Dr. Arden Andersen and Dan Kittredge Giving Workshops at the NOFA Winter Conference

Barre, MA – When more than 100 farmers converge this February in Barre for a 3 day seminar, they’ll be focusing on a topic of serious concern to a growing number of consumers: the nutrition and taste of our food. The Northeast Organic Farming Association, Massachusetts Chapter has arranged for the worldwide farmer consultant, Dr. Arden Andersen, to give this intensive seminar to farmers on how they can increase the nutrient density, taste, and yield of their crops.

For more information on Dan Kittredge’s workshops, click here.

The approach Andersen teaches is widely known as biological farming. It involves applications of mineral nutrients such as calcium and phosphorous and a host of trace minerals to the soil. Along with the minerals, farmers add inoculations of fungi and bacteria that can be brewed with a simple tank bubbler. The purpose of adding the amendments is to create a robust and healthy biological system in the soil that feeds crops for maximum growth and quality.

Julie Rawson, executive director of NOFA/Mass and co-owner of Many Hands Organic farm says that the nutrition people need really starts in the soil. “The best way we can get the minerals and nutrients we need is through the food we eat. To get those nutrients into the food, though, we’ve got to tend to the soil.”

In the last 2 years, Rawson has begun implementing biological farming principles on her own Baystate Organic Certified farm. “We’ve been on quite a steep learning curve. Implementing new approaches is challenging, but we persist because we’ve already started seeing results in our crops. For us, the biological approach helps us expand the meaning of organic to involve both growing food in a way that honors the environment and the farmers as well as measurably enhancing nutrition, appearance, and taste. For us, proper mineralization along with appropriately devised and timely foliar sprays of fish and kelp fertilizers along with inoculants and micro-nutrients, has brought dramatic results in higher yields and produce quality. We have not had a decent sweet corn crop, for example, for a few years. On distribution day this summer three CSA members called that night to tell us it was the best sweet corn they had ever eaten. We harvested hundreds more pounds of beans off our pole vines than ever before. One woman told me that she took her three heads of lettuce and arranged them on a tray and took pictures because they were so beautiful. At the Garlic and Arts festival this year upwards of 20 people came by our table to tell us we had the most beautiful produce (including flowers) in the entire festival.”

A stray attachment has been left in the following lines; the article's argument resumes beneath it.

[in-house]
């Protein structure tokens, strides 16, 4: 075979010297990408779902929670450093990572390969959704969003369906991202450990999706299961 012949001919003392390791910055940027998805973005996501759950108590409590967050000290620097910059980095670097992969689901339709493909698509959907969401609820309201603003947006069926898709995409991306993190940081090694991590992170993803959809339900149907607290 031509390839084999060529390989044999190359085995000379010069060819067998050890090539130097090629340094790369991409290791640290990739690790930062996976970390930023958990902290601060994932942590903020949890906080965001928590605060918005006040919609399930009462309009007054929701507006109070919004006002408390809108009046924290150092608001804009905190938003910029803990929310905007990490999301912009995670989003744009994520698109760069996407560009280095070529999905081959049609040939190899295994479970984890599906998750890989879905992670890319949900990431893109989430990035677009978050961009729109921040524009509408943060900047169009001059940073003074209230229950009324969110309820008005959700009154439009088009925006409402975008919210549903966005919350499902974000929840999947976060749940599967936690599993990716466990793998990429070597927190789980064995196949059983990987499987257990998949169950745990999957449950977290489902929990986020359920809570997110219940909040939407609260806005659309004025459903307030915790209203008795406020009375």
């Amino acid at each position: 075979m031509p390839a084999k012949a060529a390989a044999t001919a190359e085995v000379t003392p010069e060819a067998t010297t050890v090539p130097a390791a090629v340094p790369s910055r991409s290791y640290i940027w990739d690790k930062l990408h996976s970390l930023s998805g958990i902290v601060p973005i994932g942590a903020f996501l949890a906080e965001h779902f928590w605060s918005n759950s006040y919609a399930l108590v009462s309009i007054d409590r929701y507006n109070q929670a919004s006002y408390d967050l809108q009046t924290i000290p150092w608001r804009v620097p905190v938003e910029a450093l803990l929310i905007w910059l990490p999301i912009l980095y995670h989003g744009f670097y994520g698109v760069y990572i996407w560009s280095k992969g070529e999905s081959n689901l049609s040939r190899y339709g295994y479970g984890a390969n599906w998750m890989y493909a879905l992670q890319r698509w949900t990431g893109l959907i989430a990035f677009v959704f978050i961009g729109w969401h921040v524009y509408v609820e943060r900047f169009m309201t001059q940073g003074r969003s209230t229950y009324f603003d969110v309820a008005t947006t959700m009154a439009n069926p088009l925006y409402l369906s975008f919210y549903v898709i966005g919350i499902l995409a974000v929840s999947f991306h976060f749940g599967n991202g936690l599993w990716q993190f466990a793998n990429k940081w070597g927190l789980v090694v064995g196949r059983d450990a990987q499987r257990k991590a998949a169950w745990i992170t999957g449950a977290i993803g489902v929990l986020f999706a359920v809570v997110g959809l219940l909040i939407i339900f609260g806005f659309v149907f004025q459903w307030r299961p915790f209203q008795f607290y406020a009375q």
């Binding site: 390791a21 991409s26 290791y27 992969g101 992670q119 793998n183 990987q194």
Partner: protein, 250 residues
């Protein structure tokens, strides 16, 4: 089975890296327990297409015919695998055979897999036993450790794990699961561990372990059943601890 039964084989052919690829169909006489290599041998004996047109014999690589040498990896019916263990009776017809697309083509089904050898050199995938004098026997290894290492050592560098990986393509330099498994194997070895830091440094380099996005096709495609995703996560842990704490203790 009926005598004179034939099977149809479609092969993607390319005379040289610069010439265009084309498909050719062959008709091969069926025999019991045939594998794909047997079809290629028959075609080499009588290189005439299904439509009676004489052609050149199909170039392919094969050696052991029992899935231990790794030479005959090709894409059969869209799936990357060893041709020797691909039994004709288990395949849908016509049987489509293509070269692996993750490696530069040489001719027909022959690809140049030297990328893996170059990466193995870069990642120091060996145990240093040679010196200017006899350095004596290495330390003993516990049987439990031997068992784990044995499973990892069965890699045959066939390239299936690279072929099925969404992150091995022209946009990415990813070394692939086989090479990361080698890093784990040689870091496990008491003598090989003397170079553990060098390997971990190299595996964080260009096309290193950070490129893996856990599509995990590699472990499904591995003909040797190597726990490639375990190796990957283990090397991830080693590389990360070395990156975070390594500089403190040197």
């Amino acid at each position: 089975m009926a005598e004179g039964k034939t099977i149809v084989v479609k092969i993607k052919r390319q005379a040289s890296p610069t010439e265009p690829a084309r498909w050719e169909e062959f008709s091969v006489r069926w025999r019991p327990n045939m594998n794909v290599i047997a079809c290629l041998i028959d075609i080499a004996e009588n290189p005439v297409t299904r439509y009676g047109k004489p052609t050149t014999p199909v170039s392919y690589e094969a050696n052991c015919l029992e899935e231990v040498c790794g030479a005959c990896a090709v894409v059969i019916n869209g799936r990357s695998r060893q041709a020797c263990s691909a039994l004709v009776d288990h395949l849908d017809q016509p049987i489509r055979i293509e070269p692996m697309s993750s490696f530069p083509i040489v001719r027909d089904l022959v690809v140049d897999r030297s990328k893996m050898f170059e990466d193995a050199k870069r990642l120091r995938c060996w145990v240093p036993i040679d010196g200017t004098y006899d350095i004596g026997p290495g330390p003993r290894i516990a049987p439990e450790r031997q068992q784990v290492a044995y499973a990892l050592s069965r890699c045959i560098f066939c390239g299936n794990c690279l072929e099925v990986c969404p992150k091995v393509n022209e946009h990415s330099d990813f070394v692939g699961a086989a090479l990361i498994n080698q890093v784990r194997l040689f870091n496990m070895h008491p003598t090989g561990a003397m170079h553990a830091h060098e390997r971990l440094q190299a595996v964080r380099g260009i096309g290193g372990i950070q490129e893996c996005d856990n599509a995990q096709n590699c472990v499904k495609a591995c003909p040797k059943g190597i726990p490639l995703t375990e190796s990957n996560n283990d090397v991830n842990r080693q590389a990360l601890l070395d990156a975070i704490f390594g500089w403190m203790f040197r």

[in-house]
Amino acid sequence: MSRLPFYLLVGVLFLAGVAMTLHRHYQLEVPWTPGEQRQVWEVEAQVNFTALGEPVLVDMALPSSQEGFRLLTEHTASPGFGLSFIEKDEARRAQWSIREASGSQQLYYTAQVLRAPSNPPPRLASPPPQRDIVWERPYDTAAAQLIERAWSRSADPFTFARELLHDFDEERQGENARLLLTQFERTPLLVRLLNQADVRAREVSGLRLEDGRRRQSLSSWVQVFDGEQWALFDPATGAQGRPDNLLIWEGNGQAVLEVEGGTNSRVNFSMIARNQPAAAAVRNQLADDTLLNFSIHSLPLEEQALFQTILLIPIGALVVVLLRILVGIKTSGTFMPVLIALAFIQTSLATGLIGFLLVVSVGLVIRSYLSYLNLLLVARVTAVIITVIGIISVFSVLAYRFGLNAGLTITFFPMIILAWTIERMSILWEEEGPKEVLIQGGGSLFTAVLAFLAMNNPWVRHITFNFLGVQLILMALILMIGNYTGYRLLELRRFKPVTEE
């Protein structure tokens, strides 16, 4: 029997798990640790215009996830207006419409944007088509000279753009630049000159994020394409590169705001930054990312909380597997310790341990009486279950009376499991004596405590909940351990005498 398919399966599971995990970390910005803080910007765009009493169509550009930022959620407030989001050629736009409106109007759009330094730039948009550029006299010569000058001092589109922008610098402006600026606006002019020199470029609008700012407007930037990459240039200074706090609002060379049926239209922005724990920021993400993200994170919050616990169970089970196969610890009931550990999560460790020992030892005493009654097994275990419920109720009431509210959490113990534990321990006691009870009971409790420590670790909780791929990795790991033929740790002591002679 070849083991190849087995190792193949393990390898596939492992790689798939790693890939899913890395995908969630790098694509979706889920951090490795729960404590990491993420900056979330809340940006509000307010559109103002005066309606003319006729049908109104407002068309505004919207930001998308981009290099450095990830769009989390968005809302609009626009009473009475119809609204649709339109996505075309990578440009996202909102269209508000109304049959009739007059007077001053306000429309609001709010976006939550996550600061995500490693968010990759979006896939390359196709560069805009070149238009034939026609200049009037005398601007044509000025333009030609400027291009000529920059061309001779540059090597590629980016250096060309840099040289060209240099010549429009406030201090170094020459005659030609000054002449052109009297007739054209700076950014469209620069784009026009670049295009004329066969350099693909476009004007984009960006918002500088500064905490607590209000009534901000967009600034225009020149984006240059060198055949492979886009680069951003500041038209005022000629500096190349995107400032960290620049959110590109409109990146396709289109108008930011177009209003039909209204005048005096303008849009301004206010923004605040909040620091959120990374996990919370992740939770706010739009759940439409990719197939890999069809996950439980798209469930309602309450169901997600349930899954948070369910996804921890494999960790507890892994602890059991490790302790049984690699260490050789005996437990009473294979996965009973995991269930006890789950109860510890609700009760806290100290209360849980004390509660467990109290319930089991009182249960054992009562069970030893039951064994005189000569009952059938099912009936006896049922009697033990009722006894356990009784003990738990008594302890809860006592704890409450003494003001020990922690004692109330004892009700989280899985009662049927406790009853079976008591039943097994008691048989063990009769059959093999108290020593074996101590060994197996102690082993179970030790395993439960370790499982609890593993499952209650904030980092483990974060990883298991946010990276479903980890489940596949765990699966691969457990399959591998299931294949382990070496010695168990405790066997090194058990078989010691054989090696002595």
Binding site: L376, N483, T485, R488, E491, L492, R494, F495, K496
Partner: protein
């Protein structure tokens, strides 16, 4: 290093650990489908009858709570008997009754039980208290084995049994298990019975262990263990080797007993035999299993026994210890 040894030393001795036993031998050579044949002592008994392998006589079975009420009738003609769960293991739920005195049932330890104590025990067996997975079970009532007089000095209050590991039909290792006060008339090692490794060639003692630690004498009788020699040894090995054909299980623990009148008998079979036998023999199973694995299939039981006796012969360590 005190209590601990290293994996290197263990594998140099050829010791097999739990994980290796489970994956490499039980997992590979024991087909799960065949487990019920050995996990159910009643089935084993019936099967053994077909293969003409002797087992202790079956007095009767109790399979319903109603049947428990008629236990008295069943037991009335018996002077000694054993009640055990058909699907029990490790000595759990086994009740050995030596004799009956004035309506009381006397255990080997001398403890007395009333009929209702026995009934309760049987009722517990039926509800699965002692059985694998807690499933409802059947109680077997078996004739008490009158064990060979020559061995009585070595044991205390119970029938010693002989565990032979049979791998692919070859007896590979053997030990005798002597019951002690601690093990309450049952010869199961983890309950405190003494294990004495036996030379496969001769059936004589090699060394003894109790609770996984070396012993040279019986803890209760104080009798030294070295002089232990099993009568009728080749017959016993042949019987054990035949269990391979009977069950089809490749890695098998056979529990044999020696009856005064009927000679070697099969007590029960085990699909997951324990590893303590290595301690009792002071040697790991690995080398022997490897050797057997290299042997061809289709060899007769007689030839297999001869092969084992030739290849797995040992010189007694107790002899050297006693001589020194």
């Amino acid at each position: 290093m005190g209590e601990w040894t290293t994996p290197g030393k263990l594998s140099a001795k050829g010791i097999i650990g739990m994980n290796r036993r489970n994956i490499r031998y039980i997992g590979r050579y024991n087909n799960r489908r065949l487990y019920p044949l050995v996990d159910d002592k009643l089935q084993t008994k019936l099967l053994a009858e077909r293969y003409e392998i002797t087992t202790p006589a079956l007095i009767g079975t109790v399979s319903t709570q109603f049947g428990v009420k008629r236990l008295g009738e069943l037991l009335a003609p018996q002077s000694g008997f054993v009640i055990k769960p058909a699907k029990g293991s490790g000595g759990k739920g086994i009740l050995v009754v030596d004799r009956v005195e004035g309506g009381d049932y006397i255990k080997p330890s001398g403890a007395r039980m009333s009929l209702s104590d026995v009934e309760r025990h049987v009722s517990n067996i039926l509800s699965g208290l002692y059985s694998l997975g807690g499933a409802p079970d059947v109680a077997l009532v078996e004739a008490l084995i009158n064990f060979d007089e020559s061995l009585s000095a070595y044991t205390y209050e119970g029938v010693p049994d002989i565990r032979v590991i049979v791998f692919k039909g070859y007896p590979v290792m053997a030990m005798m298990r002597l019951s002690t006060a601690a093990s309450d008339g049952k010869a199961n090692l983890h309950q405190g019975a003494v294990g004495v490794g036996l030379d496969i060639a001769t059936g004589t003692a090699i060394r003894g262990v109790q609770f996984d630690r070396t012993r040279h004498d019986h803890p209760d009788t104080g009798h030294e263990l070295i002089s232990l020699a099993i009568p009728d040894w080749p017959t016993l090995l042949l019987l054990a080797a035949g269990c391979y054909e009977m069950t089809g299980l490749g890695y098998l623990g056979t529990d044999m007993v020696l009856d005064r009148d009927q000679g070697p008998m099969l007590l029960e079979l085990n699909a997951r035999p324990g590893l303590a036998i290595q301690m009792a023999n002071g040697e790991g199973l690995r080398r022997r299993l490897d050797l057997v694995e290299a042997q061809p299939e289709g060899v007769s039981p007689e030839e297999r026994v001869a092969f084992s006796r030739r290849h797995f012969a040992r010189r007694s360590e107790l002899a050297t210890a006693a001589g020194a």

Ari Kurtz of Linden Tree Farm farms 11 acres of leased land in Lincoln, MA with his wife. “I’m approaching this biological method of farming in an experimental way,” he said. In Spring 2008, he spread the minerals that were recommended for his soil on 2 acres, and this past Fall, he expanded the testing area to 4 acres. “I’ve seen some preliminary results with this new method that appear to show an increase in quality after just one season. We’re convinced that the theory behind our amendments make sense, and we’re planning to continue improving our system.”

Derek Christiansen of Brix Bounty Farm in South Dartmouth has been working on transforming some marginal farmland he leases into more fertile soil using biological farming principles. He said, “I’m attending the seminar because, these opportunities provide farmers with a unique space to stand back from the busyness of the growing season and learn some of the science that informs growing practices.”

Ben Grosscup, who is organizing the Seminar said that even the process of bringing together the farmers from all over the Northeast has been an exercise in community building and self-reliance. “We felt that it was really important that we keep the costs down for this event while also feeding participants well, so instead of catering the event, we’re asking people who can to bring the bounty from their winter stores. We’re also inviting our members in the vicinity of Barre to open their homes for a few nights to growers who from out-of-town. Plans are shaping up well, because of the generosity of our members and because they value better nutrition and land stewardship.”

The seminar is being sponsored by The Northeast Organic Farming Association, Massachusetts Chapter, Real Food Campaign, International Ag Labs, Lancaster Agricultural Products, Pike Agri-Lab Supplies, Inc, and Lookfar Agricultural Services. Information on registration is available at www.nofamass.org. For information on the conference, contact, Ben Grosscup, 413-658-5374, ben.grosscup@nofamass.org

For more information on Dan Kittredge’s workshops, click here.

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